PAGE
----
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Life for Tim Walker, J.J. Duvall and Blake Proffitt was different Monday. They spent their first days as mayors in the towns they grew up in.
The men spent years as members of their respective city councils, but now, leading the cities rests on their shoulders.
Here’s a glimpse of their first day as mayors.
Elizabethtown Mayor Tim Walker didn’t have time to ease into his first day in office.
Shortly after arriving Monday, he rushed into meetings with department heads and started mapping out the day’s agenda.
But while he kept a breakneck pace throughout the day, Walker wasn’t baffled by anything thrown his way.
“Really, there’s not been any surprises yet,” he said.
Walker’s office, occupied by former Mayor David Willmoth for years, mostly was bare Monday afternoon — only a few personal items of Walker’s could be found.
So far, he’s had little time for decorating.
“It will take all of those shelves just to put my grandkids’ photos on,” he said. “And my kids.”
Family is an anchor in Walker’s life, but he is committed to a flexible schedule, he said.
“I knew coming in it would be a full-time position and however many hours it takes, that’s how many it takes,” Walker said. “I told my wife, ‘I’ll see you when I see you.’”
During an exchange with a computer technician setting up his computer, Walker handed him a business card with his cell phone number handwritten on the back.
“I’m 24/7, too,” Walker told him.
It’s a mantra he plans to live by as he transitions into the office after 14 years on city council. Walker took office on the day he would preside over his first council meeting as mayor. It’s an added challenge, but one he said he is prepared for.
Another aspect of the job he is committed to is reaching across boundaries to his fellow mayors and county leaders. Walker plans to attend a forum later this month in Radcliff hosted by Mayor J.J. Duvall and will meet with Vine Grove Mayor Blake Proffitt to discuss upcoming events there he can help with, he said.
“The thing I think we can all do is communicate,” he said.
“When I walked in this morning, reality set in,” an emotional J.J. Duvall said Monday afternoon. The often criticized councilman replaced Sheila Enyart as Radcliff’s mayor.
“Today is the first day of four years,” he said.
The energetic Duvall was all smiles Monday as he moved from room to room greeting city employees and department heads, including Planning Director Steve Barno and Chief Financial Officer Chance Fox.
Duvall even fielded phone calls — something that surprised those calling, he said.
“I don’t mind answering the phone,” he said.
A cloud of controversy has drifted from Duvall’s mind as he starts to schedule meetings and coordinate with his fellow mayors on future projects.
This week, he plans to address department heads on the outlook of his administration and wants to meet with each employee individually in the coming weeks to establish rapport.
“They may know my face, but they may not know me on a personal level,” he said.
He also has scheduled a Jan. 18 forum featuring a briefing by Col. Rick Schwartz, Fort Knox garrison commander, for political leaders throughout the community. And he will host a mayor’s breakfast at Colvin Community Center at the end of the month, an event sponsored by private organizations. Duvall, the city council and city employees will distribute food to the public, he said.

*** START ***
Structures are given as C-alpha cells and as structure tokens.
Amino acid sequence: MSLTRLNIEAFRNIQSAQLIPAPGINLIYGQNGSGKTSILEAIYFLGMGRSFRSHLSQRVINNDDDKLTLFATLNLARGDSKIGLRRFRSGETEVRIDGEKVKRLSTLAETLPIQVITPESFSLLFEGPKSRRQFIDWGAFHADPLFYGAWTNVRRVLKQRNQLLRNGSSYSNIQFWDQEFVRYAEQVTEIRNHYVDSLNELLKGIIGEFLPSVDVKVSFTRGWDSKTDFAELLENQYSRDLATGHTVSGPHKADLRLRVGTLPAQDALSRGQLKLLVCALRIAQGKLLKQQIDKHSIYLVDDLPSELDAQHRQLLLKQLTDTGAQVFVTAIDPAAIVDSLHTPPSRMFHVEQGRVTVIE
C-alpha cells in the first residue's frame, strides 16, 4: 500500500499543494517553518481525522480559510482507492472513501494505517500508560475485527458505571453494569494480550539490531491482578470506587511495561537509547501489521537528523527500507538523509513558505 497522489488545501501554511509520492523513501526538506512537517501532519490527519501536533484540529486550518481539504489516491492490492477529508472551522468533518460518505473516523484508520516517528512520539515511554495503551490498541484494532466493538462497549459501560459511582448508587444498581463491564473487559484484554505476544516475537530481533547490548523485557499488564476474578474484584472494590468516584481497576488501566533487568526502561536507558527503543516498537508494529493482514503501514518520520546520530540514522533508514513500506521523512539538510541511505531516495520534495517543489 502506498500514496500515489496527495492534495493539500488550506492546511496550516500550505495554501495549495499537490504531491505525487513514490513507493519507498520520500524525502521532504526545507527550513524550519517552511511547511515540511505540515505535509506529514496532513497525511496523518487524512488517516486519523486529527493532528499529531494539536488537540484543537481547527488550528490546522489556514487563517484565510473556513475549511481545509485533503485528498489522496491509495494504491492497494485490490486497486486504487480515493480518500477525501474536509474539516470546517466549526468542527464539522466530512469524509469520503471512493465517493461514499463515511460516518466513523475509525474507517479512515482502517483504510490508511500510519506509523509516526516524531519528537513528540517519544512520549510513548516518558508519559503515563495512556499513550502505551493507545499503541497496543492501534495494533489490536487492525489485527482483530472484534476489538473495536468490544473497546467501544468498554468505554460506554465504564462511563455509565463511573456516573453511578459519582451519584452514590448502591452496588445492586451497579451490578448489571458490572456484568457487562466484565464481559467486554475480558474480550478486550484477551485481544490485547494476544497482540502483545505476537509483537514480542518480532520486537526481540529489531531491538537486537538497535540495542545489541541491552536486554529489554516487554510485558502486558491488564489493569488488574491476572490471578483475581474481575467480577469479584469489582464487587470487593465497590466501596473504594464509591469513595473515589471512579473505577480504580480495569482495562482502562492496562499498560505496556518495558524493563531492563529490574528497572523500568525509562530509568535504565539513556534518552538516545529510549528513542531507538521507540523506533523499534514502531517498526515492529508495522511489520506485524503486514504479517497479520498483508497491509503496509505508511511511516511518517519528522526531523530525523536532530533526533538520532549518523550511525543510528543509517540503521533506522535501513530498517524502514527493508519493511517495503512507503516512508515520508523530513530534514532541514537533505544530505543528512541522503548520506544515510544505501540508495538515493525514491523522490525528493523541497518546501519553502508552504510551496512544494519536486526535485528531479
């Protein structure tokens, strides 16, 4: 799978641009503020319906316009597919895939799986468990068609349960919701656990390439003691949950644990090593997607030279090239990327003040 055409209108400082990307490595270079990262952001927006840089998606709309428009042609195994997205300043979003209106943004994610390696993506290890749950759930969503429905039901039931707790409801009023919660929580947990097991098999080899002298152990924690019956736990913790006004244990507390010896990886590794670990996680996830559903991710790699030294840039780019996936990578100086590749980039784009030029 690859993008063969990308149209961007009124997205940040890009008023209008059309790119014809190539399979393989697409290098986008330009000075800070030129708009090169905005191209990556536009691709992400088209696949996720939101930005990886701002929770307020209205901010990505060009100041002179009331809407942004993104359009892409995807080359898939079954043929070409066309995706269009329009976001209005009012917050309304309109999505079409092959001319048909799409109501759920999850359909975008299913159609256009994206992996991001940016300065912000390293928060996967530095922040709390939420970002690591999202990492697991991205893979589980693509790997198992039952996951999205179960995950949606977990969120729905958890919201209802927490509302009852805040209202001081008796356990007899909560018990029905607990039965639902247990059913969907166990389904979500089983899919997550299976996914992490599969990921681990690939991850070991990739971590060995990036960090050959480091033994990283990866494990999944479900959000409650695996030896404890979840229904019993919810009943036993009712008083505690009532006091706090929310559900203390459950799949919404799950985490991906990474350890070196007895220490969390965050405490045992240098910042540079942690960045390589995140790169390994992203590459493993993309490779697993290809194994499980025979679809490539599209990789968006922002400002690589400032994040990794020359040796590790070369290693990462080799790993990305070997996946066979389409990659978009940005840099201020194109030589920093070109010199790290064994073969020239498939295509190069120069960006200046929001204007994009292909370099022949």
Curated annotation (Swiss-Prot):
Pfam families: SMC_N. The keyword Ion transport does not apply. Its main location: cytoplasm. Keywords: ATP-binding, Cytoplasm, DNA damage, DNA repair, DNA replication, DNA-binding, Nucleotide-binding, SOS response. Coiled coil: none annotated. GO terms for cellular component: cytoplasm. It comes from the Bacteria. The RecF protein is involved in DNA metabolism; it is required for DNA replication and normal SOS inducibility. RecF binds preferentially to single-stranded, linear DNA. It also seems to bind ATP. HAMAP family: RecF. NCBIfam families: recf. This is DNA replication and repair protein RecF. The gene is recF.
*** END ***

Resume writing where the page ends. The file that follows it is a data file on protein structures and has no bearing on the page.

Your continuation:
An aggressive approach is needed for progress in Radcliff and to build on successes, Duvall added, and he already has started making visible changes at city hall.
The aroma of fresh paint met visitors and employees entering City Hall on Monday as Duvall and his staff finished remodeling.
Duvall has moved his office closer to the entrance and said he plans to make it accessible by opening a side entrance near his office where he can meet with the public.
Enyart’s former office, meanwhile, will be transformed into a conference room and Duvall wants to move the council’s meeting space near his office to provide some uniformity.
Last month, Duvall also announced he would reinstate a public comment section at city council meetings.
“When you say ‘open door,’ you either mean it or you don’t,” Duvall said. “I think it’s important that I be an accessible mayor.”
Not long after he arrived at work Monday to begin a four-year term as mayor, Blake Proffitt was met by a resident with a complaint.
Someone received a water bill for $1,000.
“The meter was read incorrectly,’’ Proffitt said. “It turns out the bill was going to be around 14 dollars. I took him back into my office and we talked about it and tried to figure what went wrong.’’
Following six years on Vine Grove City Council, Day 1 as mayor for Proffitt included getting computers reinstalled after they were moved, and understanding “the flow chart” on city business. And, he presided over a council meeting.
“It’s been a busy day, but it’s been a real good day,’’ he said.
Proffitt spent about 30 minutes meeting with city clerk Carrie Broussard.
“She’s outstanding,’’ he said. “She helped me to know which way to paddle.’’
He said there were no real surprises on his first day and said walking in Vine Grove City Hall as mayor was like walking into school for the first day.
“It was nervous anticipation,’’ he said. “You want to do so much and you want to get things done. You’re here for four years to do it, so you need to prioritize to what you want to accomplish.’’
Proffitt replaced Donovan Smith, who decided not to seek a third term as mayor.
Story by MARTY FINLEY and JEFF D’ALESSIO
Marty Finley can be reached at (270) 505-1762. Jeff D’Alessio can be reached at (270) 505-1757.